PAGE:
To put it in football terms, at the economic team’s midday meeting with the IMF on Monday, there were no starting players.
But the substitutes or the technical staff of both the economic team and the Fund stopped at various aspects of the state of the public accounts so that next Friday Minister Hernán Lacunza and Central President Guido Sandleris will go out on the pitch: they will seek to convince the head of the Fund’s Western Hemisphere, Alejandro Werner, of the need for the pending disbursement.
Judging by the maturity schedule, Argentina does not have much room to do without the IMF’s US$5.4 billion due in September.
No one ventures deeper than the waters we live in, but the commitments imply, at least this week, some US$ 900 million in dollar letters that are in the hands of the private sector (see more information on this page).
The meeting discussed cuts in spending that, judging by the technicians themselves, the government paid dearly in electoral terms.
That is why it has sought the shelter of measures such as the elimination of VAT on products from the basic basket, an extra bonus for state-owned companies and the freezing of gasoline, to name a few policy tools, which were not in the Fund’s manuals.
All in order to prevent more people from being left out in the open. Sources close to the Palacio de Hacienda say that “Argentina did not cut itself and the measures were taken in line with the Fund itself.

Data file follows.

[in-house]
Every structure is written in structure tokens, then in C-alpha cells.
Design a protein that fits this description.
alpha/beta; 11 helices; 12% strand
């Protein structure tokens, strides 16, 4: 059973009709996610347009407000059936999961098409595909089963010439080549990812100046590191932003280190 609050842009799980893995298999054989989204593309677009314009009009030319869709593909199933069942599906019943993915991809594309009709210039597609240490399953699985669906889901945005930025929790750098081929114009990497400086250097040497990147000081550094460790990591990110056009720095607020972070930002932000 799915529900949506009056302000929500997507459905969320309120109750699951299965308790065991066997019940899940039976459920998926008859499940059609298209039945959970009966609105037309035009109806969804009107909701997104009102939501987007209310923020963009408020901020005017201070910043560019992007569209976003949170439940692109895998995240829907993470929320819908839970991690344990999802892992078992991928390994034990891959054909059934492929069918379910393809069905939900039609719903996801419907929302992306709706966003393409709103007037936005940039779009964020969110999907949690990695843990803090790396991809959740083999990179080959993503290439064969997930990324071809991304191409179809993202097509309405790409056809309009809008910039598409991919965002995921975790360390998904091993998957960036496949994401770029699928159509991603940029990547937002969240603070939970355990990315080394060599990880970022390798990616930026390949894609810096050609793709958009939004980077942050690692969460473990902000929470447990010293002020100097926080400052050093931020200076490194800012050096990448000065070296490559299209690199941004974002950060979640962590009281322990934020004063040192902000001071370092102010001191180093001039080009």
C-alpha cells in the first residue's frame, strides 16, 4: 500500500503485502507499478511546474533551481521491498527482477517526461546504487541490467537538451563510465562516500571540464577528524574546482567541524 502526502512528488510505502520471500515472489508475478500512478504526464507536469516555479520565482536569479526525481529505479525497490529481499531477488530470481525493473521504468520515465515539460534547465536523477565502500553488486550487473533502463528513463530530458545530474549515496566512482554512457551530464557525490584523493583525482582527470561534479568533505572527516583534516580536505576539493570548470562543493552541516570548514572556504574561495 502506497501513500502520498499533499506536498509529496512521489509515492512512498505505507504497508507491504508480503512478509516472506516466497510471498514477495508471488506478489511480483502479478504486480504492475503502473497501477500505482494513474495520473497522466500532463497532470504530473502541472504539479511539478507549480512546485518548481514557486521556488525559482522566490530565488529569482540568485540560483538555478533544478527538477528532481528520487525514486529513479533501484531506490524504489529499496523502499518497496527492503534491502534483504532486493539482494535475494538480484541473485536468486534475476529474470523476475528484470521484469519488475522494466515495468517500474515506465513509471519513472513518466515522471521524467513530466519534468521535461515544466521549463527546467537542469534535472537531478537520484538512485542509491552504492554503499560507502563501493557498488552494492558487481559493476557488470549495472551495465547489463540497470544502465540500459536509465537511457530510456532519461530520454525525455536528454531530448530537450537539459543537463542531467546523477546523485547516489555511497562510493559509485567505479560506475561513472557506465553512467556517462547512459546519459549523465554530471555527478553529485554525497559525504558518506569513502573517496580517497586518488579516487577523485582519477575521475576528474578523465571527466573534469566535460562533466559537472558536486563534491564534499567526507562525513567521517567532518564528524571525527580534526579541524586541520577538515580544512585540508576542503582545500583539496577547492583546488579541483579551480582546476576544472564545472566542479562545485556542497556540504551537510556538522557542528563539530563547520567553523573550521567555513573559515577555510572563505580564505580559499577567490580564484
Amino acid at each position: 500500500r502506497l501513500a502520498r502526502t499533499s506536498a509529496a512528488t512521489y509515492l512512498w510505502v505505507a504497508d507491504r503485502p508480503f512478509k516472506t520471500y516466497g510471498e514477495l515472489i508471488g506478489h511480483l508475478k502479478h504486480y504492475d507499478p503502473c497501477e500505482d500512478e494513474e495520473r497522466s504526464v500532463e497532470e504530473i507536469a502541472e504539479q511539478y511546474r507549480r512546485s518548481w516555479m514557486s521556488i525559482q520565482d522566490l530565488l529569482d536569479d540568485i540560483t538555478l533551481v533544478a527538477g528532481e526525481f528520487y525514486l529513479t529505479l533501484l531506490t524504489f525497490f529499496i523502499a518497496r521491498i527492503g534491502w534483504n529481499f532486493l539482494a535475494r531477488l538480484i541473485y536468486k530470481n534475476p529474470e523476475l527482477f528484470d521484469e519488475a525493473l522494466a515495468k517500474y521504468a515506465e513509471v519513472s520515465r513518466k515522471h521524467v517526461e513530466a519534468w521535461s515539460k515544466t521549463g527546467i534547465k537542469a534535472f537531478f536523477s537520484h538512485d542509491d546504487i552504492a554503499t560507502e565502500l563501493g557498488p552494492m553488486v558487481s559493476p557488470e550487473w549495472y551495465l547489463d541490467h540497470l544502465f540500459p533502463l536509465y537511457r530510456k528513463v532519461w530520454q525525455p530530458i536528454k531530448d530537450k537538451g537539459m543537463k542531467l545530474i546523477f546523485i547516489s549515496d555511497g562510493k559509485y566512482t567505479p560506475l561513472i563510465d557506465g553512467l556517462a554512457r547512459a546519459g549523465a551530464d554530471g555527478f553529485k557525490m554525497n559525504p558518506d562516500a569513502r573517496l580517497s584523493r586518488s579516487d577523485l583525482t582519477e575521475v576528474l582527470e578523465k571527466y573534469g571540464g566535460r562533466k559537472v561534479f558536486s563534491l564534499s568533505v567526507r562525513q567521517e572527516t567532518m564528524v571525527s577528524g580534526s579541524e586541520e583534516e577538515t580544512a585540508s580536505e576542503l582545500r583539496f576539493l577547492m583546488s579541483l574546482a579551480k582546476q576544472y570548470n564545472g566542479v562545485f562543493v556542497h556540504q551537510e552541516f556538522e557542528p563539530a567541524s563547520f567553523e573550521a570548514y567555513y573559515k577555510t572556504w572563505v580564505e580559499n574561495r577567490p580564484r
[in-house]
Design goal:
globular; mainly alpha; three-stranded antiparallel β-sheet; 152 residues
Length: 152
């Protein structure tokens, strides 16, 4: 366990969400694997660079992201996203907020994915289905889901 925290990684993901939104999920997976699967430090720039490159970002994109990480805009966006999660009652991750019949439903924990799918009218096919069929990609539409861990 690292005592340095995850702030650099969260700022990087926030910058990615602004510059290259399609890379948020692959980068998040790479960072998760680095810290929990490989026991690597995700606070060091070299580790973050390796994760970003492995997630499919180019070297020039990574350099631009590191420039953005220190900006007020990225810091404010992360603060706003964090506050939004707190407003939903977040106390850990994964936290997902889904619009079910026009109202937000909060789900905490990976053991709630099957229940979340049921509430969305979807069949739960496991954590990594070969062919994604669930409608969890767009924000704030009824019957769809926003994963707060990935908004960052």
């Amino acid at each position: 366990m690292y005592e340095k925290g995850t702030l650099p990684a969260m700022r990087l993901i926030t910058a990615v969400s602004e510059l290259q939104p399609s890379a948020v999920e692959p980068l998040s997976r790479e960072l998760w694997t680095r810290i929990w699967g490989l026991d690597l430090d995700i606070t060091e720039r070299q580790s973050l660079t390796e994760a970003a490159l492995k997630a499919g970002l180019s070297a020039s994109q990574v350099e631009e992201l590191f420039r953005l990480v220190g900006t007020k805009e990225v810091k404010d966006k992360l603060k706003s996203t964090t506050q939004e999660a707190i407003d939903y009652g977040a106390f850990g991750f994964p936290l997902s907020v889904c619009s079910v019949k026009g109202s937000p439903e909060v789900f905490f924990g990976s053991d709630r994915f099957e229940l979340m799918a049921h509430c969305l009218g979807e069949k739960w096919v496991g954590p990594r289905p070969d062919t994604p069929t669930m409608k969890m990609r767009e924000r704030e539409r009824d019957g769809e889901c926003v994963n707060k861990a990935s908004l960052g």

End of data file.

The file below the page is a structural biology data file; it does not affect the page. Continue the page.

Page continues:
And just yesterday it transpired that there would have been a wink from the head of the mission in Argentina, Roberto Cardarelli, about the highly probable recommendation to the board of the September disbursement.
It remains to be seen if that is an opinion shared with Alejandro Werner. This top executive of the Fund is a doctoral economist at the prestigious MIT in the United States.
Werner has a birth certificate in Córdoba and his father, accountant Manuel “Lito” Werner, was chief of staff to José Ber Gelbard, Perón’s minister in his third presidency. With the military dictatorship, the Werner family had to go into exile in Mexico.
Yesterday’s meeting was attended by the Vice Minister of Finance, Sebastian Katz, the Secretary of Finance, Rodrigo Pena and the Secretary of Finance, Santiago Bausili. In the meantime, Minister Hernán Lacunza participated in the national cabinet meeting at the Casa Rosada.
Minister Lacunza had already pointed out on Saturday: “We comply with all the agreement signed with the IMF and there is no reason why the planned disbursement should not be delivered.
According to information from the Treasury Palace, a primary surplus of $4.293 billion was recorded in July.
However, those same tables indicate that in July the financial red (including debt payment) grew 24.8%, which represented a deficit of $77.867 billion.
The accumulated result between January and July, in the first seven months of the year, showed a primary surplus of $34,514 million and a financial deficit of $365,069 million.
“The annual goal adjusted for the agreement with the Ministry of Finance will allow the year to close with an overcompliance of $5.197 billion,” they explained to the Fund’s technicians.
Regarding the fiscal impact of the measures announced last week, it was noted that they cost $59.986 million.
According to the reasoning of Lacunza’s team, this figure will be almost compensated with additional income in the collection for a total of $54,841, which implies a negative difference of $5,146 million, insignificant if measured with the GDP: it represents 0.02% of the Product.